Do you know what’s worse than putting on a cold, soaking wetsuit at 7:45 in the morning?” Eric asked me this morning.
“Putting on a cold, soaking wetsuit at 6:45 in the morning.”
To accommodate our departure to Cocos, our dive times had been bumped up by an hour – 7AM and 10AM – so we could be on the figurative “road” by noon. The trip to Cocos has been scheduled for forty-five hours which should hopefully put us there in time for for an early morning Tuesday dive. We’re ready for both the break and the new dive sites – some of our divers chose to give their bodies a break today so we had less people on the skiffs as usual. But there were still dives to be done and we certainly can’t let those opportunities pass us by.
Dive 1: The Fridge Out
We dove the Fridge Out the other day, but I don’t remember it being as enjoyable as it was today. We dropped into a sandy path on the floor and watched as the hammers circled in and out of the area. We also had a little turtle come through to say hello, which was a nice treat since I haven’t seen one in a while.
School of Hammers
We moved around to the other side of the reef where a school of jordan snapper floated in the surge. I love kicking through the center of these massive schools of fish – there are so many bodies and they close right around you when you swim into them. Makes for beautiful photos and often a great surprise. After I emerged from my “school time” I found myself three feet from a gorgeous spotted eagle ray and, as I raised my camera to snap a shot, saw a hammerhead three feet above that. Slightly flummoxed to determine which to capture via camera, but I managed. I also managed to catch the eagle ray on video:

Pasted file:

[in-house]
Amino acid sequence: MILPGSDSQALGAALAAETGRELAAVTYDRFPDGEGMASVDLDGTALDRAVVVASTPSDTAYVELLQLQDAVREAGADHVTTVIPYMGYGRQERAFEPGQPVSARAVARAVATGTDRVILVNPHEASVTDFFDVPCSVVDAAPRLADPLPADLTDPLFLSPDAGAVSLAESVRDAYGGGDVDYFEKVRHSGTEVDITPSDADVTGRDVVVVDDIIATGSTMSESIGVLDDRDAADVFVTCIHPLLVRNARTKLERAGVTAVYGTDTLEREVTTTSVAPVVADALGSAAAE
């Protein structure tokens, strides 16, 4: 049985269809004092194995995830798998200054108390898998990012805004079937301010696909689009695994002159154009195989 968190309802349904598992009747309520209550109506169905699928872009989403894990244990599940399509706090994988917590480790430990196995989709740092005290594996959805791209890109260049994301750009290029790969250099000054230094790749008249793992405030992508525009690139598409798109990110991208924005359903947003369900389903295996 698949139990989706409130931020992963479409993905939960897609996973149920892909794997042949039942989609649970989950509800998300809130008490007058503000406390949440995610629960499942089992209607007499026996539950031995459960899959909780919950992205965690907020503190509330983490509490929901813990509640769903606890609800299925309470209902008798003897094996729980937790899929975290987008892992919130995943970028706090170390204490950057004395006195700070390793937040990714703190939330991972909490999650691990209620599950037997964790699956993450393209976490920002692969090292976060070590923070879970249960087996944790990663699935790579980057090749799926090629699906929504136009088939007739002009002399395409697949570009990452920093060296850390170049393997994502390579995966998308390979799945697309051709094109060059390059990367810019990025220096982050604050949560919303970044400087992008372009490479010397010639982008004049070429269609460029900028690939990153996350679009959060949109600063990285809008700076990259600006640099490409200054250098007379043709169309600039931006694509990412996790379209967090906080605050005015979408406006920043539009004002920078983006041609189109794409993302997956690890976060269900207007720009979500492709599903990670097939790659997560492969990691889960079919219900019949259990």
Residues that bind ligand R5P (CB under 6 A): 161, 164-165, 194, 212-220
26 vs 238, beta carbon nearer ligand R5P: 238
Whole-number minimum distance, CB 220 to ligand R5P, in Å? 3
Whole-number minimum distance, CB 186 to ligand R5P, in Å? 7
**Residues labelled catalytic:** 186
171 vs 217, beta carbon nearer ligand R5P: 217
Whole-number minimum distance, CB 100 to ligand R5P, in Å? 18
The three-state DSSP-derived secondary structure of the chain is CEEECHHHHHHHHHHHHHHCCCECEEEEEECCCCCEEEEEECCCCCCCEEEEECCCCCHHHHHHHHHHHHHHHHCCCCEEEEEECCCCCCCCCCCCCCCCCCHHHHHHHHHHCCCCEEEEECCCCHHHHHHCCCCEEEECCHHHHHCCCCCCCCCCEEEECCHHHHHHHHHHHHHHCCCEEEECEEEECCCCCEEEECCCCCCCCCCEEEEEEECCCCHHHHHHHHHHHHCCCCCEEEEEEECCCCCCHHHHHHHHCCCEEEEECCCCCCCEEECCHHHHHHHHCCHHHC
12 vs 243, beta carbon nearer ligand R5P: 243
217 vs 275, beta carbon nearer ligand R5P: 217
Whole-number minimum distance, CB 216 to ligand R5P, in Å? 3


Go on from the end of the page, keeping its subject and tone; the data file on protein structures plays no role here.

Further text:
Eric’s pic of me and the leatherback bass, pre-nip
Our last dive at Malpelo was a lovely one. The hammers were strangely friendly and inquisitive – coming close to us for some really great shots. We also found a little turtle nibbling on the reef and many different fish floating about the surf. A lovely way to end our time here at Malpelo.
Boat trip to Cocos Island
Shortly after we disassembled our gear, the crew pulled the skiffs out of the water and secured them to the Sea Hunter for our two-day voyage. I showered and fell asleep on the upper deck, where it was chilly and windy but still outside. There’s little more to report for the rest of the day – we made use of the boat’s DVD library and watched a number of movies to pass the time – one of which was “The Perfect Storm”, a questionable choice film for a boat trip but there you have it.